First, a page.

A case that could have determined whether a defendant has a constitutional right to confront a prosecution witness at a preliminary hearing, and whether hearsay evidence alone is sufficient to establish a prima facie case, has been dismissed as improvidently granted by a split Pennsylvania Supreme Court. The case had been raised by Bill Cosby in an attempt to confront his accuser during the preliminary hearing in his sexual-assault trial earlier this year.

The prosecution in Commonwealth v. Ricker did not build its case solely through hearsay, Pennsylvania Supreme Court Chief Justice Thomas G. Saylor said in his concurring statement dismissing the matter.

“I have determined that this appeal does not present a suitable vehicle by which to resolve the questions presented and that it should be dismissed,” Saylor said in the Sept. 28 ruling, which let stand a Superior Court decision denying David Ricker’s request for a new preliminary hearing in his trial for the alleged attempted murder of a Pennsylvania state trooper.

Cosby had argued that he was denied his constitutional right to confront his accuser during his preliminary hearing. Following a hearing in July 2016, Montgomery County Court of Common Pleas Judge Steven T. O’Neill denied Cosby’s habeas corpus motion, finding that prosecutors properly relied on the Superior Court precedent from Ricker that hearsay alone can be used to establish a prima facie case in a preliminary hearing.

At Ricker’s preliminary hearing, the prosecution presented live testimony from an investigating officer regarding the incident at issue in his case, as well as a recording of an interview with the trooper whom Ricker shot, Saylor said.

At the time of the hearing, Ricker’s attorney indicated that he found it to be unsatisfactory that the trooper’s statement was introduced via hearsay without an opportunity for cross-examination. Ricker later filed a petition for writ of habeas corpus, acknowledging that hearsay evidence is admissible, but arguing that it alone cannot suffice to meet the prosecution’s burden of establishing a prima facie case. The trial court denied the petition, finding that the state did not rely exclusively on hearsay, and the Superior Court affirmed.

Saylor said he agreed with the state’s argument that the prosecution did not rely exclusively on hearsay because the live testimony confirmed elements of the case. Because the prima facie case was advanced through hearsay evidence alone, however, the case was unsuitable to address the question the court had granted — whether the state can rely exclusively upon hearsay.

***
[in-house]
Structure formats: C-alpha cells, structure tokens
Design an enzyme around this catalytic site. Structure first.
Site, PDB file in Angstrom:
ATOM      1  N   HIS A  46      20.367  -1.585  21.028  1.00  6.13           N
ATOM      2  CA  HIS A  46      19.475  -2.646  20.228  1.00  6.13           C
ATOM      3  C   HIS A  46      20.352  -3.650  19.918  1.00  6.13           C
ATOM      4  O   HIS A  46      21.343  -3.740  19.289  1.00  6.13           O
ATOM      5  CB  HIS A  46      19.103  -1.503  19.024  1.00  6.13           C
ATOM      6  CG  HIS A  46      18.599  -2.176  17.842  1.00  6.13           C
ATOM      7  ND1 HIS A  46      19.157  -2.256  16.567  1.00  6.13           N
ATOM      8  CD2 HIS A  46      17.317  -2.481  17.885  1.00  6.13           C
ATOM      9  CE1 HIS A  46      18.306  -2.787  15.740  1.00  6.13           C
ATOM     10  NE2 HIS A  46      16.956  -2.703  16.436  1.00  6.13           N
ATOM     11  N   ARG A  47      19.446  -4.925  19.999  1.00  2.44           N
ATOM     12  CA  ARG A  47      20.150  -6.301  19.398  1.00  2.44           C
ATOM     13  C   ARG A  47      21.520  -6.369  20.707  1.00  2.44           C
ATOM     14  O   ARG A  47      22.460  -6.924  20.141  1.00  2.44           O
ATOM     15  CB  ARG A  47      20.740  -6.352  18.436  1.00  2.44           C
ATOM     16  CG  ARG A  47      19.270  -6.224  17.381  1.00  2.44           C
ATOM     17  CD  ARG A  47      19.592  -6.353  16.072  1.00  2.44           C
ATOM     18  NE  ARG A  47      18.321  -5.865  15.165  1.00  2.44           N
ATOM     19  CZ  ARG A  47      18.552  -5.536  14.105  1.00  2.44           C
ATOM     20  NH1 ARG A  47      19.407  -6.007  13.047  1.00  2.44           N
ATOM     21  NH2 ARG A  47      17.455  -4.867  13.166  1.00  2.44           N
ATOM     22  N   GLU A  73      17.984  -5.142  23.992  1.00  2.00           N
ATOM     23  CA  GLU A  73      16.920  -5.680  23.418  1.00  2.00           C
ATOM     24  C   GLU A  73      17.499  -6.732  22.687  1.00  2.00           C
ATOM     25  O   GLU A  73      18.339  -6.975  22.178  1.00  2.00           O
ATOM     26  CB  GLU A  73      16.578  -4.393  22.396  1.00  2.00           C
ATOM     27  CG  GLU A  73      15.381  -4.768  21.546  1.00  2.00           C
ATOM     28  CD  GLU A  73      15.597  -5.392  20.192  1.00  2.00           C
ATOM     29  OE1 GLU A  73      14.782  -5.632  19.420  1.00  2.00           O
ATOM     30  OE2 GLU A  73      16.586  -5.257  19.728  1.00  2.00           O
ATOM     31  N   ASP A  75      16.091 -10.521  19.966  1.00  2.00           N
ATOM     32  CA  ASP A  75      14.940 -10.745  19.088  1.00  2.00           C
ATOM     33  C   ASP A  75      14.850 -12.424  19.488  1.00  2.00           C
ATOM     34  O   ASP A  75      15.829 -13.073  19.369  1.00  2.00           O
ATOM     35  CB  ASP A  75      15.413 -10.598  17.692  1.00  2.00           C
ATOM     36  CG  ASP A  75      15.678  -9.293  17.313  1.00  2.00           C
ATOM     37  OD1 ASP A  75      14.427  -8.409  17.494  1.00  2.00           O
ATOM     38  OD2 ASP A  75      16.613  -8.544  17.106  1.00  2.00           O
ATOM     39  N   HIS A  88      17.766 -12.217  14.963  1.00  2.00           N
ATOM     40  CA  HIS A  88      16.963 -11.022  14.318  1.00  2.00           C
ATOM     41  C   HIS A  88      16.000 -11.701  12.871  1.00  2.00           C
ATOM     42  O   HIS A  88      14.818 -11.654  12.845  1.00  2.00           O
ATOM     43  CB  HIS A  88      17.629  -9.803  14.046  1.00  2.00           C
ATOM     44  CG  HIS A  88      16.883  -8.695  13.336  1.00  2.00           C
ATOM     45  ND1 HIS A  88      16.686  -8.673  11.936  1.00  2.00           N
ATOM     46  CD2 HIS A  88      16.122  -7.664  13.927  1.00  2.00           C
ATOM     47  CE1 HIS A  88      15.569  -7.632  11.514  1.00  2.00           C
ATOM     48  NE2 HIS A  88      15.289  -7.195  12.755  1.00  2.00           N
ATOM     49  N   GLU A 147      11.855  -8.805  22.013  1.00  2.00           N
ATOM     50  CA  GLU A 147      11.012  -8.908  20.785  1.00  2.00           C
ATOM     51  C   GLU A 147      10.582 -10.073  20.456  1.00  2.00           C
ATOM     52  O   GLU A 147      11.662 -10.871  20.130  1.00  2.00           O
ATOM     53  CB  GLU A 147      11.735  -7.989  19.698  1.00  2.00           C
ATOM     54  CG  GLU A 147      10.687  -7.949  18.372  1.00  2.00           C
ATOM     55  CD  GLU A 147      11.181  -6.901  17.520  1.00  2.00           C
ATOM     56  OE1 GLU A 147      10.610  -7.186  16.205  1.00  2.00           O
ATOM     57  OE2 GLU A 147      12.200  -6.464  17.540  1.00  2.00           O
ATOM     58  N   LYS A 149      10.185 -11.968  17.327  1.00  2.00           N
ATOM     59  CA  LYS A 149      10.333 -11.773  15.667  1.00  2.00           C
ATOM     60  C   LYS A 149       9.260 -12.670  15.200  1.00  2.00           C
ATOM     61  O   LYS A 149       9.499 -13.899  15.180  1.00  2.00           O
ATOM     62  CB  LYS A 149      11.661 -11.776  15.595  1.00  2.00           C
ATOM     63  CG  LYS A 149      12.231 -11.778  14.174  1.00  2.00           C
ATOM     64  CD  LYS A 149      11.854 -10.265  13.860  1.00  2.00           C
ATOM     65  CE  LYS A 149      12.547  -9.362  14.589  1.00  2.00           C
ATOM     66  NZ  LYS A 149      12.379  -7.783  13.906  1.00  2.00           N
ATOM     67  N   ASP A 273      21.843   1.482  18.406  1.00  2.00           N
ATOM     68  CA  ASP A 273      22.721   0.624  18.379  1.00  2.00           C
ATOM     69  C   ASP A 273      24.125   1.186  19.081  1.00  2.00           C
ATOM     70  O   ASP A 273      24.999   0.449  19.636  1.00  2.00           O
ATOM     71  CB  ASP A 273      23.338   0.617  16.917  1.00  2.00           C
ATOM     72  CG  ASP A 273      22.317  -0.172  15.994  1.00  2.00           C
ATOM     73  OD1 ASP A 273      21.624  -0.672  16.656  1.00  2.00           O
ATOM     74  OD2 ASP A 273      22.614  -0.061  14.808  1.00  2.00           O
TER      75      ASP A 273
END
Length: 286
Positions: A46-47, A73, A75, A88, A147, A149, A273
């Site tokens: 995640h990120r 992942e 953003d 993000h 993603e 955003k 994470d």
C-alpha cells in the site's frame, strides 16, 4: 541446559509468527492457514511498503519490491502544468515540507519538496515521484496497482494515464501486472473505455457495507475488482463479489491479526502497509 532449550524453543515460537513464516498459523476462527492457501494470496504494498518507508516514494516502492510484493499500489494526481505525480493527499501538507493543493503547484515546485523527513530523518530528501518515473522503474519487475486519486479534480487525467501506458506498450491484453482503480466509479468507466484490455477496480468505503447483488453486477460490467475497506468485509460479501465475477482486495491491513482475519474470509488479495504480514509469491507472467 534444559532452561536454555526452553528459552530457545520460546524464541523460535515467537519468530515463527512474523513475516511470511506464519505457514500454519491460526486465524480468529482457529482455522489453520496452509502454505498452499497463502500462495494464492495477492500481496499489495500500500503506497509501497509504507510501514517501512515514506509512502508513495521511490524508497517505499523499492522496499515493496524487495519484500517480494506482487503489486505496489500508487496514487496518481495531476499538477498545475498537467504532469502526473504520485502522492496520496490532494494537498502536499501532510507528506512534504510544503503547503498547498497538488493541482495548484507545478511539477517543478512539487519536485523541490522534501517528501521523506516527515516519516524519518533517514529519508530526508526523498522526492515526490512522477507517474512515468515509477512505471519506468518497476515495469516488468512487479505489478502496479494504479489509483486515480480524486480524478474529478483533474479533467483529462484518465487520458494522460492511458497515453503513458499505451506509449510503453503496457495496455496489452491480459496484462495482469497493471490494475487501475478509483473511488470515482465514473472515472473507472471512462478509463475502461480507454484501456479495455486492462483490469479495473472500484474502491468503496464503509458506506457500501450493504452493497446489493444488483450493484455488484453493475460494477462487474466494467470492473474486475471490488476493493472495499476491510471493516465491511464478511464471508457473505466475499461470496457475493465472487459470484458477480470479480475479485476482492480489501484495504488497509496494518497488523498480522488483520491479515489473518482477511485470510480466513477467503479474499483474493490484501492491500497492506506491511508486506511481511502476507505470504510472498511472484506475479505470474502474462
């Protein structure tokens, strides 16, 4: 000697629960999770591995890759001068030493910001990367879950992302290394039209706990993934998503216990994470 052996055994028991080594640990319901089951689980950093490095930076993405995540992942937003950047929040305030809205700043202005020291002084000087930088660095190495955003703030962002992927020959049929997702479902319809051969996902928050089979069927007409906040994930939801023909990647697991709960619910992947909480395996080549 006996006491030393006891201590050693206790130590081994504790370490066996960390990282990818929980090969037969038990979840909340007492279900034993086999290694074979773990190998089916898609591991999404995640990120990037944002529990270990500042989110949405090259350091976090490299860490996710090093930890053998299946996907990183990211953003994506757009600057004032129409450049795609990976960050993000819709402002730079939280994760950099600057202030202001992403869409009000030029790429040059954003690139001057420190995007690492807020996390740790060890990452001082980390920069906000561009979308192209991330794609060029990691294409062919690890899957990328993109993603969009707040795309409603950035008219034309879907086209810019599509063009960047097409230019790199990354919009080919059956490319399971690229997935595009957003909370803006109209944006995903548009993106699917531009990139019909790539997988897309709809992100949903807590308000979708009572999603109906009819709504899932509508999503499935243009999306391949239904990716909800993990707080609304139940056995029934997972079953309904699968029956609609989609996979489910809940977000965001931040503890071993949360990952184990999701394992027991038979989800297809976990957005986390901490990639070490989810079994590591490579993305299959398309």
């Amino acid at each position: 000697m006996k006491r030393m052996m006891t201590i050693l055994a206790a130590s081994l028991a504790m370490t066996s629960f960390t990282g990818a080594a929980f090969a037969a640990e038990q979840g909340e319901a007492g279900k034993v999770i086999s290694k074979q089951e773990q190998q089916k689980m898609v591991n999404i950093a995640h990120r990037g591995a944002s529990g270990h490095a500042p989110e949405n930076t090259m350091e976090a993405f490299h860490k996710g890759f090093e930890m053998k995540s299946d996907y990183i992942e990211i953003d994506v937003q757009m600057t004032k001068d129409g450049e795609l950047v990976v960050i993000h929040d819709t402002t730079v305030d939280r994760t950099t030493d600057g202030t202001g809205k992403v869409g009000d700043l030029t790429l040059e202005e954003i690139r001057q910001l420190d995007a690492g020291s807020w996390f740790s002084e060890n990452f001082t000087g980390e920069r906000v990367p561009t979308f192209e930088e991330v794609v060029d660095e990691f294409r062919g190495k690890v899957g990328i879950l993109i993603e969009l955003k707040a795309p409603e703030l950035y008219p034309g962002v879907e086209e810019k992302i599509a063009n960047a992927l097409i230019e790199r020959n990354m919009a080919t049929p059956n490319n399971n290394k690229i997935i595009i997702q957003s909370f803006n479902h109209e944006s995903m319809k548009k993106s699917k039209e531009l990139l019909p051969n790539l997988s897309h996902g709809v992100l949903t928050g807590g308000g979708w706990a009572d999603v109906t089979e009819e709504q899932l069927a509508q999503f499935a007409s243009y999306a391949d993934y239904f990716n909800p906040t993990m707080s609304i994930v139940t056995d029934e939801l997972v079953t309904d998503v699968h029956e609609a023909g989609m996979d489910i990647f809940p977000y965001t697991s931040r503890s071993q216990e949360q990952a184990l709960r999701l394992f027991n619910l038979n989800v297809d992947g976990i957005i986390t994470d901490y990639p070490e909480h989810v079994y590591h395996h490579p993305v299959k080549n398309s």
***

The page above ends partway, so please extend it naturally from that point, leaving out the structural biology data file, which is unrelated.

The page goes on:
Regarding the confrontation issue, Saylor said the court must resolve ambiguity about what is required of the state during a preliminary hearing before the justices can determine whether the constitutional right to confrontation applies. He referenced the U.S. Supreme Court’s indication that the more a pretrial procedure resembles a trial, the more likely it is that trial rights apply.

“This consideration, however, is not sharply developed in the briefing, and the court presently is divided concerning the appropriate approach,” Saylor said. “For these reasons, I elect not to proceed further at the present with the confrontation clause analysis in this case.”

Despite dismissing the case, Saylor made it a point to “emphasize that the commonwealth is not obliged to present particular witnesses or all of its witnesses, but, rather, must merely establish a prima facie case.”

Justice David N. Wecht issued a dissenting statement saying that Ricker should have been granted a new preliminary hearing because “the commonwealth’s prima facie case was premised upon, and for all practical purposes constructed entirely by “the taped interview.”

William Costopoulos of Costopoulos, Foster & Fields in Lemoyne, who represented Ricker, did not return a call for comment. Dauphin County District Attorney Edward Marsico Jr., whose office prosecuted Ricker, also did not return a call for comment.